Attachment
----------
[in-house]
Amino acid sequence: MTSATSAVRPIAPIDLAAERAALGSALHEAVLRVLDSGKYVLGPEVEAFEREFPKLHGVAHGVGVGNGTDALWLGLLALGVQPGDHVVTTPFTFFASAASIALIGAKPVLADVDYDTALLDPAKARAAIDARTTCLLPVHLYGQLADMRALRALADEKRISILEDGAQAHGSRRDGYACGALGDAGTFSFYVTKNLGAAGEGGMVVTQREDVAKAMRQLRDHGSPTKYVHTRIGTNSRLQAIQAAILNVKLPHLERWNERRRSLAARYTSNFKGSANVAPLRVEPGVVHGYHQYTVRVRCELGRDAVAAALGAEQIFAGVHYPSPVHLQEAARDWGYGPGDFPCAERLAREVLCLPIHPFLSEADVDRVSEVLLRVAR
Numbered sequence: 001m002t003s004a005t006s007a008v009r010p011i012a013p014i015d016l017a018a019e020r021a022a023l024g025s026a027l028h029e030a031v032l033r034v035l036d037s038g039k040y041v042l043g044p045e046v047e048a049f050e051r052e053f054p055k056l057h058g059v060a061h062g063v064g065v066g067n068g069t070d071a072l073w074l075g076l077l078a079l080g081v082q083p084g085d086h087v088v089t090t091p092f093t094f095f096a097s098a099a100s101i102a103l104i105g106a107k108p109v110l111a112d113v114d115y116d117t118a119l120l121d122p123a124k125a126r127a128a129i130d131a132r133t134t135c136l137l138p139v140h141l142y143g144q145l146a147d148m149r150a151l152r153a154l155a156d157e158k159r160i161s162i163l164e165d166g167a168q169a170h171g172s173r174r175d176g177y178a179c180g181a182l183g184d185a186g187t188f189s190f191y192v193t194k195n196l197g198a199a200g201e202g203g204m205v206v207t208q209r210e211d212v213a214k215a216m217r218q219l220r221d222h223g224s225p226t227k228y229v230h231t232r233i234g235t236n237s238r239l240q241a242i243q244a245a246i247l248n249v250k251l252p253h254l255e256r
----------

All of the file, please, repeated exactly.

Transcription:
[in-house]
Amino acid sequence: MTSATSAVRPIAPIDLAAERAALGSALHEAVLRVLDSGKYVLGPEVEAFEREFPKLHGVAHGVGVGNGTDALWLGLLALGVQPGDHVVTTPFTFFASAASIALIGAKPVLADVDYDTALLDPAKARAAIDARTTCLLPVHLYGQLADMRALRALADEKRISILEDGAQAHGSRRDGYACGALGDAGTFSFYVTKNLGAAGEGGMVVTQREDVAKAMRQLRDHGSPTKYVHTRIGTNSRLQAIQAAILNVKLPHLERWNERRRSLAARYTSNFKGSANVAPLRVEPGVVHGYHQYTVRVRCELGRDAVAAALGAEQIFAGVHYPSPVHLQEAARDWGYGPGDFPCAERLAREVLCLPIHPFLSEADVDRVSEVLLRVAR
Numbered sequence: 001m002t003s004a005t006s007a008v009r010p011i012a013p014i015d016l017a018a019e020r021a022a023l024g025s026a027l028h029e030a031v032l033r034v035l036d037s038g039k040y041v042l043g044p045e046v047e048a049f050e051r052e053f054p055k056l057h058g059v060a061h062g063v064g065v066g067n068g069t070d071a072l073w074l075g076l077l078a079l080g081v082q083p084g085d086h087v088v089t090t091p092f093t094f095f096a097s098a099a100s101i102a103l104i105g106a107k108p109v110l111a112d113v114d115y116d117t118a119l120l121d122p123a124k125a126r127a128a129i130d131a132r133t134t135c136l137l138p139v140h141l142y143g144q145l146a147d148m149r150a151l152r153a154l155a156d157e158k159r160i161s162i163l164e165d166g167a168q169a170h171g172s173r174r175d176g177y178a179c180g181a182l183g184d185a186g187t188f189s190f191y192v193t194k195n196l197g198a199a200g201e202g203g204m205v206v207t208q209r210e211d212v213a214k215a216m217r218q219l220r221d222h223g224s225p226t227k228y229v230h231t232r233i234g235t236n237s238r239l240q241a242i243q244a245a246i247l248n249v250k251l252p253h254l255e256r